In his autobiography, Charles Chaplin briefly tells of a night in 1919, when he was in New York, dodging process servers in the first of his several painful legal imbroglios. He had decided to change hotels to confound his pursuers, but it was a late hour and he could find no room unbooked. His taxi driver offered to put him up at home in the Bronx. That night Chaplin shared a bed with the driver’s already sleeping twelve-year-old son. He himself did not sleep, for fear of waking the boy. In the morning the neighborhood children filed in to gaze at him as he ate his toast.1
The story is charming, and told in an offhanded way. The French cinephile Maurice Bessy includes this tale among the anecdotes that sparsely surround his excellent collection of stills. However, besides transposing it to World War II and Brooklyn, Bessy steeps his account in immanence. The boy, awakened, is dubious of his temporary roommate’s identity, and so the aging Chaplin puts aside his fatigue and becomes Charlie.
He danced around the little bedroom, using the various objects as props, leaping on to chairs, slipping over, falling down, clutching on to the drapes.
“More, more,” cried the child in delight. “You really are Charlie.”
…For the moment nothing else mattered except the enchantment of one small boy, transfigured by happiness.
…The child slipped into a happy, dreaming sleep in Chaplin’s arms.
Like Christ at Emmaus, Charlie manifests himself to the humble; like Christ offering his wounds to the doubting Thomas, Chaplin proves himself both divine and human, or, in this case, both Charlie and Chaplin.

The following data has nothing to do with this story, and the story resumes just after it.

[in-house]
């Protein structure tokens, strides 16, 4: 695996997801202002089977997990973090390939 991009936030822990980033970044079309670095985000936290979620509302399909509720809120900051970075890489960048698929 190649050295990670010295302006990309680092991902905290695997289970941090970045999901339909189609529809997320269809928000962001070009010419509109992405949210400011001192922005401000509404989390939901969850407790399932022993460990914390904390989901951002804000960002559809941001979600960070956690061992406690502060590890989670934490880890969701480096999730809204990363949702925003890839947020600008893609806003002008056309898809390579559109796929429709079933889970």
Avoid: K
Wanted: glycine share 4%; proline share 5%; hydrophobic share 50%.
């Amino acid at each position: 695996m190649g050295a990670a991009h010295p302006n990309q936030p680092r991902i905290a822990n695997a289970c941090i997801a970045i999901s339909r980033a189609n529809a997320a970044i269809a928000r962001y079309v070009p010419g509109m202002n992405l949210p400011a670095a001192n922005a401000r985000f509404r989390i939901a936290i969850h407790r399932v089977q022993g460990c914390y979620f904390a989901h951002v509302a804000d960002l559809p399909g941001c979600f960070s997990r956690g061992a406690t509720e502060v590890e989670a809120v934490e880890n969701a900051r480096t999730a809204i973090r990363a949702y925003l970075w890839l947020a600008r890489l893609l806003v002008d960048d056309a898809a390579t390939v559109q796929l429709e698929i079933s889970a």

Bessy has published his version of the story twenty years after Chaplin’s own, but the discrepancy probably does not much matter since, by some unwritten rule of folk tradition, it is the more colorful legend that prevails. Bessy has simply appropriated his own Charlie, as many have done before him, and as the advertising agency for IBM personal computers, for one, continues to do. Chaplin was not simply a phenomenal one-man industry, actor, director, producer, writer, and composer, he also created and incarnated Charlie the tramp, a totemic figure of such deceptive simplicity that it could be owned and imaginatively reinterpreted by just anyone. Such a figure is hardly unique in the twentieth-century secular religion of entertainment, but whereas the Elvis or the Marilyn that people carry around in their pockets may be difficult to disengage from the Presley or the Monroe that one drew breath, Charlie the tramp was always a deliberately projected figment of the man who wore the costume.